Don't vote with your calculator

By MARC LURIA
March 26, 2006 06:01
4 minute read.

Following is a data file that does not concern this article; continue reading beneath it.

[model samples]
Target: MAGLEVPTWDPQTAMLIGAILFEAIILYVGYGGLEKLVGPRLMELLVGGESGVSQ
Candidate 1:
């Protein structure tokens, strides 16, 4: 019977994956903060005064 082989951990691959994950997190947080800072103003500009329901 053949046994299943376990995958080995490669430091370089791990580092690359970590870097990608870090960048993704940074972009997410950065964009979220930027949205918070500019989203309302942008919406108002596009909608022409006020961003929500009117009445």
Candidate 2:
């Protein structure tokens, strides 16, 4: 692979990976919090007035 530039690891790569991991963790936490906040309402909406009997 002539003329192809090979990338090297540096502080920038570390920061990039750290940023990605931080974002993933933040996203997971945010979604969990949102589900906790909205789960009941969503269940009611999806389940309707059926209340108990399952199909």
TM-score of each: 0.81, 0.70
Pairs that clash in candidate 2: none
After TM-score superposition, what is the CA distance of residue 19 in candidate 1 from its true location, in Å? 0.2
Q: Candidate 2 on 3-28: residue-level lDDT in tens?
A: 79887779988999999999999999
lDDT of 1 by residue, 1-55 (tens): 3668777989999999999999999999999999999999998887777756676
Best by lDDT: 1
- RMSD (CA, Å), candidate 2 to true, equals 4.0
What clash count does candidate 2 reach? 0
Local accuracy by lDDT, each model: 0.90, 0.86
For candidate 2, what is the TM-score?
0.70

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Many of my friends still don't know how they are going to vote on Tuesday. Others are more sure about their choice, but not happy with it. I am proud to say I'm voting for Tafnit, and whatever happens I will be proud of my choice. I must admit that if Tafnit were not running it would be the first time since my aliya in 1988 that I might not be voting at all. As I handed a Tafnit flyer about fighting corruption to a guard at Jerusalem's central bus station this week, he said all politicians were corrupt. At this, three people behind me spoke up, saying they had served in the IDF under Uzi Dayan, Tafnit's chairman, and that he was different. I've been working with Uzi for the last four years, since he retired as national security adviser. No one in his organization, Security Fence for Israel, took any money for their work there, especially Uzi. When we formed Tafnit last year, Uzi insisted on closing down SFI and giving any money we had raised back to the donors. He really is Mr. Clean. Corruption is the bane of Israeli society. I grew up in the US during Watergate, which shocked the US public. Here corruption doesn't seem to surprise anyone. However, the assumption that nothing can be done about it is wrong. Tafnit is proposing three new laws to help stop corruption. First, that the "5th Amendment" (right to remain silent) be eliminated for public officials. Politicians can, of course, remain silent if they wish, but they can do it at home. Second, the minimum sentence for officials convicted of bribery or other wrongdoing during office should be five years in prison. Lastly, the "cooling-off period" for public officials should be three years. There should be no more going from chief of staff to defense minister in a month; or jumping from the Finance Ministry to become a bank VP. BUT TAFNIT is not just about fighting corruption. We are in favor of self-initiated disengagement from the West Bank along borders that preserve our security, while taking into account the region's demography. Other parties, such as Kadima, talk about disengagement, but we are the only party that has published its planned map. Kadima has chosen not to reveal its hand, but when you act unilaterally the people have a right to know what you will do. Tafnit's plan calls for retaining the Jordan Valley and the three major settlement blocks. About 30% of the West Bank would remain in Israeli hands. We call for resettling 20,000 Israelis behind our new border. Though this process will be painful, it is possible - 10,000 Israelis were relocated from Gaza. Labor's and Meretz's plans to relocate 100,000 Israelis, by contrast, are not feasible. While Kadima, Labor and Likud all claim they will finish the security fence, these parties are responsible for the fact that only 30% of the fence has actually been completed. During the last two years not a single additional kilometer of fence has become operational. Tafnit needs to be in the Knesset to make sure the fence is completed in 2006, not in 2010. Israel is also falling behind in education. In order to allow it to be made a top priority, Dayan has called for a 10% cut in the defense budget. With all his experience he can bring us better defense for less money. All this is very sensible, I often hear, but won't a vote for you be wasted since you won't pass the threshold? It won't, because we have volunteers around the country and the message is getting through. Voters are asking themselves: Why give a 36th seat to Kadima, or an 18th seat to the Likud's Naomi Blumenthal when you can support a party you can be proud of? A FEW weeks ago, at Boyer high school in Jerusalem, the 12thgraders had a mock election. The speakers included Shaul Mofaz for Kadima, Ami Ayalon for Labor, Reuven Rivlin for Likud, and Uzi Dayan. Tafnit won with 40% of the vote, Kadima came in 2nd with 14%. The Jerusalem Post reported in a recent poll that if voters were sure that Tafnit would pass the threshold, 3.9% would certainly vote Tafnit, and another 3.5% would very likely vote Tafnit, 7.4% altogether. If just a third of these voters voted their conscience, we would pass the election threshold easily. Israelis love to make election calculations. A professor friend of mine who agrees with Tafnit's platform plans to vote for the Likud since he wants to make sure Peretz is not elected. No one knows how these elections will play out, and his calculations might be wrong. I think the real question is this: When you look at yourself in the mirror next Wednesday, will you be proud of the way you voted? If all the people who are afraid to vote for us do, we will have 10 seats in the next Knesset. So vote with your heart and your mind, not with your calculator.

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